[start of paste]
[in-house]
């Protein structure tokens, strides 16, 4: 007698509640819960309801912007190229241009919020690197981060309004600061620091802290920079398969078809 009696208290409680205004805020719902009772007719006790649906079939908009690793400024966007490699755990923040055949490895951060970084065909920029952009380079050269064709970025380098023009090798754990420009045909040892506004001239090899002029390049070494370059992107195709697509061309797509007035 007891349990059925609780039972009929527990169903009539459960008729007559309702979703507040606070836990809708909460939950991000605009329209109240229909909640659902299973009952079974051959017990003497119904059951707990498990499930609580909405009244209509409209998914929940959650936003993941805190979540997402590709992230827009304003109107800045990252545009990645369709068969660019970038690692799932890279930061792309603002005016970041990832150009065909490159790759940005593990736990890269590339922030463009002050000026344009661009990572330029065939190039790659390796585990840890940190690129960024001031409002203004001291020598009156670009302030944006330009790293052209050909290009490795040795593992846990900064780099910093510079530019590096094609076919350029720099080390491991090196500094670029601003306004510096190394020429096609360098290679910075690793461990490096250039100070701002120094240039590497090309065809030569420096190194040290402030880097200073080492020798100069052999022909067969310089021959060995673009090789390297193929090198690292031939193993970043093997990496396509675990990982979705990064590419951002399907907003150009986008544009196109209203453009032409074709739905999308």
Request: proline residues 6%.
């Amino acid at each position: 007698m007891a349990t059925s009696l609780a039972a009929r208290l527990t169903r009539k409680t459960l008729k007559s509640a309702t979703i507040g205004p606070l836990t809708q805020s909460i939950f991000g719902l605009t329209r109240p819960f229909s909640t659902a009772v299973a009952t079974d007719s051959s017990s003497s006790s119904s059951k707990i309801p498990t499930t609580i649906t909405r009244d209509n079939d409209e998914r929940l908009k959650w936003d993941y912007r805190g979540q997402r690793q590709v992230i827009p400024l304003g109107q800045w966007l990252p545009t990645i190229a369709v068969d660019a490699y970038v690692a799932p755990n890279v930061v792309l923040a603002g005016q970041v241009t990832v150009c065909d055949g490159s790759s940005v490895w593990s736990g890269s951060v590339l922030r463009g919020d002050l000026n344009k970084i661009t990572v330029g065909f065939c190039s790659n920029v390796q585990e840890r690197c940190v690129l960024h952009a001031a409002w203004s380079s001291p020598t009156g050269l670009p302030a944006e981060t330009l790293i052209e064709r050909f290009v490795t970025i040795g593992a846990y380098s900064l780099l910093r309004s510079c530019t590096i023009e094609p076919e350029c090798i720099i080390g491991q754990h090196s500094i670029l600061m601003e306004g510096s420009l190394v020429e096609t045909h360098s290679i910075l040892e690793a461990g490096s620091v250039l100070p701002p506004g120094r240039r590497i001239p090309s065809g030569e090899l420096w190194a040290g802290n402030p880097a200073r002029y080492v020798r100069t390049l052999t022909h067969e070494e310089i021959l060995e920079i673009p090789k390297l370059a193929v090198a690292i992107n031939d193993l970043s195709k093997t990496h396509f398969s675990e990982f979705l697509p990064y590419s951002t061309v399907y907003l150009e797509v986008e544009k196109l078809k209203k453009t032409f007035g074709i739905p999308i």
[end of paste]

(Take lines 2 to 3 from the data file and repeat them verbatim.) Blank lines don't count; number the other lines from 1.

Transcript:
């Protein structure tokens, strides 16, 4: 007698509640819960309801912007190229241009919020690197981060309004600061620091802290920079398969078809 009696208290409680205004805020719902009772007719006790649906079939908009690793400024966007490699755990923040055949490895951060970084065909920029952009380079050269064709970025380098023009090798754990420009045909040892506004001239090899002029390049070494370059992107195709697509061309797509007035 007891349990059925609780039972009929527990169903009539459960008729007559309702979703507040606070836990809708909460939950991000605009329209109240229909909640659902299973009952079974051959017990003497119904059951707990498990499930609580909405009244209509409209998914929940959650936003993941805190979540997402590709992230827009304003109107800045990252545009990645369709068969660019970038690692799932890279930061792309603002005016970041990832150009065909490159790759940005593990736990890269590339922030463009002050000026344009661009990572330029065939190039790659390796585990840890940190690129960024001031409002203004001291020598009156670009302030944006330009790293052209050909290009490795040795593992846990900064780099910093510079530019590096094609076919350029720099080390491991090196500094670029601003306004510096190394020429096609360098290679910075690793461990490096250039100070701002120094240039590497090309065809030569420096190194040290402030880097200073080492020798100069052999022909067969310089021959060995673009090789390297193929090198690292031939193993970043093997990496396509675990990982979705990064590419951002399907907003150009986008544009196109209203453009032409074709739905999308």
Request: proline residues 6%.